At Bethesda's recent pre-E3 event in Santa Monica, I had the opportunity to get some hands-on time with The Elder Scrolls Online. Now, it's no secret that I've questioned the purpose of an MMO based on this famed open world RPG franchise. Hell, I wrote a piece about why an Elder Scrolls MMO isn't all that necessary. Still, I decided to see for myself what the game had to offer, and I have to admit I had fun during the time I spent running around one of the many towns in Elder Scrolls Online. Even then, however, while I certainly see the potential, I was still left with some questions.
The funny thing about the Elder Scrolls series is that you can go into one of the games and expect to play for a few minutes but easily spend hours engrossed in the world. While I certainly didn't spend hours playing Elder Scrolls Online, I played for more than 30 minutes, which is double the 15 minutes I had originally planned on.
I could've easily explored a bit deeper and ventured into dungeons, but I decided I'd come to the aid of the townsfolk within one of the smaller areas in Elder Scrolls Online. Tasks started out simple enough, and it wasn't long before I was sent on some fetch quests. I wasn't exactly hunting for items, though. Instead, I was investigating the death of a local town dweller and friend to many. I needed to run around the town and get leads from different characters who knew this fellow, and I ultimately came across my first major threat: a werewolf.
Sadly, this is where some of my concern reared its ugly head (stupid concern!) and caused me to be a bit skeptical about at least one of the gameplay features in Elder Scrolls Online. While the combat was undoubtedly functional, it was also a bit too simplistic for its own good. Granted, Skyrim's combat wasn't all that deep either, but it was hard for me to get too into fighting the werewolf when all I was really doing was clicking on the mouse to attack and block.
Obviously, I was playing through an earlier part of the game, and there's certain to be a vast variety of vile villains in Elder Scrolls Online, requiring a more refined touch. Add to that the numerous melee and magic attacks players will discover the more they play, and you've got the makings of a combat system that could range between just okay and good. (Seriously, let's be real here, combat is not the reason Skyrim was good — that wonderful, beautiful, bold, expansive world was.)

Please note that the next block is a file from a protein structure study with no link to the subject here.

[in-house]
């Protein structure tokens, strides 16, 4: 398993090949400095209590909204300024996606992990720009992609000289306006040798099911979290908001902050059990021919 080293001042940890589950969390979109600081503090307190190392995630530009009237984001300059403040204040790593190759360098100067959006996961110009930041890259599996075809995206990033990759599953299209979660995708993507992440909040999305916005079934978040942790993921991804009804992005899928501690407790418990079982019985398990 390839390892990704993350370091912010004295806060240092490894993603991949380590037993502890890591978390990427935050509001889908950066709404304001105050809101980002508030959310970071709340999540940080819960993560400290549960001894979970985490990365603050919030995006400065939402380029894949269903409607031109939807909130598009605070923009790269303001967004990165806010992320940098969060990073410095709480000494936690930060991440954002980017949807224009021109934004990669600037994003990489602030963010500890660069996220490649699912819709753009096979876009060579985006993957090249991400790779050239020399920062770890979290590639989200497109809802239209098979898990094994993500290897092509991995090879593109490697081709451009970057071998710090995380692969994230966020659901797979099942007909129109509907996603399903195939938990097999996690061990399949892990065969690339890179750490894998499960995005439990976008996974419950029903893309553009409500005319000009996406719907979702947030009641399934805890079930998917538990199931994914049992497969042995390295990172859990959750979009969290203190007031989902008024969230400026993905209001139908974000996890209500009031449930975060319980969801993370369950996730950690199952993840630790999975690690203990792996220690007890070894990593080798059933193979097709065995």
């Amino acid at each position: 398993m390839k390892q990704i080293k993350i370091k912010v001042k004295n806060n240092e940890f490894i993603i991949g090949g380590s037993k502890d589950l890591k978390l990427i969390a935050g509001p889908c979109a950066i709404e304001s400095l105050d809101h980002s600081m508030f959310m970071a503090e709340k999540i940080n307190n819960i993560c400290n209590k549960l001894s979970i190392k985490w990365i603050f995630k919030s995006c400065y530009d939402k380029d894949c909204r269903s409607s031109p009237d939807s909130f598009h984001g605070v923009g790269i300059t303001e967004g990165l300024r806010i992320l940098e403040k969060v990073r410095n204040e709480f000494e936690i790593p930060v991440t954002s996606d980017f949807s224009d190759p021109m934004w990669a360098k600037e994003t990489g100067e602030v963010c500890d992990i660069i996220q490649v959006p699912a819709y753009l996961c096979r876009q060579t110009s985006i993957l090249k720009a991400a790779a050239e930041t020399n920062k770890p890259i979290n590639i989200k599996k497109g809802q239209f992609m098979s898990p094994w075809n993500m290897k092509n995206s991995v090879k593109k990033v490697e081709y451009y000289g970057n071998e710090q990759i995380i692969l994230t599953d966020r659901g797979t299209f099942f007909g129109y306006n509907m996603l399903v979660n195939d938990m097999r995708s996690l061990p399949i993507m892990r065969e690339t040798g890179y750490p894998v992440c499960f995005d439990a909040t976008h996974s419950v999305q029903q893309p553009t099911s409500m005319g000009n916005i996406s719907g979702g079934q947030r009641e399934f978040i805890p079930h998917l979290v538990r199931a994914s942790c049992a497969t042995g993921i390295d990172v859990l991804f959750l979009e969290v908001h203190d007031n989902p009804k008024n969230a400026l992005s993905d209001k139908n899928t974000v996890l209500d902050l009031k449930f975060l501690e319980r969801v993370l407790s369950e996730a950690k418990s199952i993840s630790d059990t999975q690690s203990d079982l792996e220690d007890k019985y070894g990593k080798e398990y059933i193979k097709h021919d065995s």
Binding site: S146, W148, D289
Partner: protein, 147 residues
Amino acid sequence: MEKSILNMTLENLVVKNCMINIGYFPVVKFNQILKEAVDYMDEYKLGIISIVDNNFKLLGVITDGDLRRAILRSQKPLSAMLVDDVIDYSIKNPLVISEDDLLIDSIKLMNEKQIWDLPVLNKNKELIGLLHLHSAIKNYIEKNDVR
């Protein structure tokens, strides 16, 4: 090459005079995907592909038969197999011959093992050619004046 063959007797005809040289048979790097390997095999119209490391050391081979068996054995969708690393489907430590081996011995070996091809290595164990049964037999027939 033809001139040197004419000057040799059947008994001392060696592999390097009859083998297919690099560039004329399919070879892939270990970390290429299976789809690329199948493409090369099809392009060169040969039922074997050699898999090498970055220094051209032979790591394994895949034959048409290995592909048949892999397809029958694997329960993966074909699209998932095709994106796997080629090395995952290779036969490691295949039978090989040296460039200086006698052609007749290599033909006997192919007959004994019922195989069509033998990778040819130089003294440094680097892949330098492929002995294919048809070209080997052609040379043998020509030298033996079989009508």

This brings me to another concern: controls. I've read numerous reports surrounding the matter, and it seems that Elder Scrolls Online will not launch with native controller support, which is actually kind of a bummer. I can't imagine having to play Skyrim with a mouse and keyboard, and something about playing Elder Scrolls Online this way just felt off. And before I'm given the whole “MMOs are better with a mouse and keyboard” spiel, let's not forget that Bethesda and Zenimax Online are toting Elder Scrolls Online as a non-traditional entry in the genre that's meant to be similar to recent titles in the series.
Of course, my outlook on Elder Scrolls Online isn't completely negative or skeptical. I love the idea of being able to explore a brand new Elder Scrolls game. Oddly enough, even the most menial tasks can sometimes be entertaining in this series. One such objective required me to hunt down a local farmer's lost pig. Surprisingly (or not surprisingly, if you're familiar with the series), I had fun seeking out the possible thief, talking to NPCs to gather information, and eventually delivering the little piggy to his owner.
The missions I described here are just two of the tasks I completed. To say I scratched the surface of what this game has to offer would probably be an overstatement. Elder Scrolls Online will have a lot — and I mean a lot — to do. You have to wonder what the rest of the game's world will be like, as well as the types of dangers and treasures lurking within the many dungeons spread across the land. That right there, more than anything else, is what I'm most excited about. The combat left me a bit underwhelmed, but it's that signature Elder Scrolls open world design that really piques my interest.
What I took away from my time with Elder Scrolls Online is that it's likely to deliver that patented sense of awe and wonder that the series is known for. Bethesda was able to turn the simple act of going out and exploring in a video game into one of the single most incredible experiences this past console generation. Unfortunately, the not-so-stellar combat and the lack of controller support are total downers. Like any game, we'll have to wait and see how Elder Scrolls Online turns out. At this point, it really is a toss-up — a toss-up with a potentially rad open world. We'll know for sure later this year.
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